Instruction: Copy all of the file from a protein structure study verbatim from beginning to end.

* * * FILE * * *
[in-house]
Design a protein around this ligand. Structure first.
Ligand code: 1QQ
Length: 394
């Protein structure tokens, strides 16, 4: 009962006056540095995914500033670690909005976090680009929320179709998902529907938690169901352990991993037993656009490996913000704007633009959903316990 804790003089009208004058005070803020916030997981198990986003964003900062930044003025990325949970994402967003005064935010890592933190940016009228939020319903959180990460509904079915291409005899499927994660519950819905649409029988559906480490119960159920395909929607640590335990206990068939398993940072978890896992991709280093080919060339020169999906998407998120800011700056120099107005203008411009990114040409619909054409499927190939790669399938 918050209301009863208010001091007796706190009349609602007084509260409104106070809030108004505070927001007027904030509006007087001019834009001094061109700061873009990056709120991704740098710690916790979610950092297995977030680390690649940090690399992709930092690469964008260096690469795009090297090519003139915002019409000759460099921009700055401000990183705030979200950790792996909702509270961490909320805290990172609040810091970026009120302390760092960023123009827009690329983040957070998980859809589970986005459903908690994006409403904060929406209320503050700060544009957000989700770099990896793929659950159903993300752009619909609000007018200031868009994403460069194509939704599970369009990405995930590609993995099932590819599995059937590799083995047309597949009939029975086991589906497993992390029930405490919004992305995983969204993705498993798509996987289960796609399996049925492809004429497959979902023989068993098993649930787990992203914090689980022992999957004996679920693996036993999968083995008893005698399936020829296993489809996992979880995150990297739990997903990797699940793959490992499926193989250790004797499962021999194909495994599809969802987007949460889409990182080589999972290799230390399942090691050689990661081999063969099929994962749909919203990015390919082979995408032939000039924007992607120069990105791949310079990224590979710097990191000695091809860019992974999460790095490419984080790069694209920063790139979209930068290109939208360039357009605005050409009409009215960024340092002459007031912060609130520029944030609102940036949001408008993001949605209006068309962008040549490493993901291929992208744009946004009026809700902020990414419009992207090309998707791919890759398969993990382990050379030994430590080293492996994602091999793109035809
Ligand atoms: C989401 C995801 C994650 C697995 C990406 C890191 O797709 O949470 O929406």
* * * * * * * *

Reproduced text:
[in-house]
Design a protein around this ligand. Structure first.
Ligand code: 1QQ
Length: 394
């Protein structure tokens, strides 16, 4: 009962006056540095995914500033670690909005976090680009929320179709998902529907938690169901352990991993037993656009490996913000704007633009959903316990 804790003089009208004058005070803020916030997981198990986003964003900062930044003025990325949970994402967003005064935010890592933190940016009228939020319903959180990460509904079915291409005899499927994660519950819905649409029988559906480490119960159920395909929607640590335990206990068939398993940072978890896992991709280093080919060339020169999906998407998120800011700056120099107005203008411009990114040409619909054409499927190939790669399938 918050209301009863208010001091007796706190009349609602007084509260409104106070809030108004505070927001007027904030509006007087001019834009001094061109700061873009990056709120991704740098710690916790979610950092297995977030680390690649940090690399992709930092690469964008260096690469795009090297090519003139915002019409000759460099921009700055401000990183705030979200950790792996909702509270961490909320805290990172609040810091970026009120302390760092960023123009827009690329983040957070998980859809589970986005459903908690994006409403904060929406209320503050700060544009957000989700770099990896793929659950159903993300752009619909609000007018200031868009994403460069194509939704599970369009990405995930590609993995099932590819599995059937590799083995047309597949009939029975086991589906497993992390029930405490919004992305995983969204993705498993798509996987289960796609399996049925492809004429497959979902023989068993098993649930787990992203914090689980022992999957004996679920693996036993999968083995008893005698399936020829296993489809996992979880995150990297739990997903990797699940793959490992499926193989250790004797499962021999194909495994599809969802987007949460889409990182080589999972290799230390399942090691050689990661081999063969099929994962749909919203990015390919082979995408032939000039924007992607120069990105791949310079990224590979710097990191000695091809860019992974999460790095490419984080790069694209920063790139979209930068290109939208360039357009605005050409009409009215960024340092002459007031912060609130520029944030609102940036949001408008993001949605209006068309962008040549490493993901291929992208744009946004009026809700902020990414419009992207090309998707791919890759398969993990382990050379030994430590080293492996994602091999793109035809
Ligand atoms: C989401 C995801 C994650 C697995 C990406 C890191 O797709 O949470 O929406």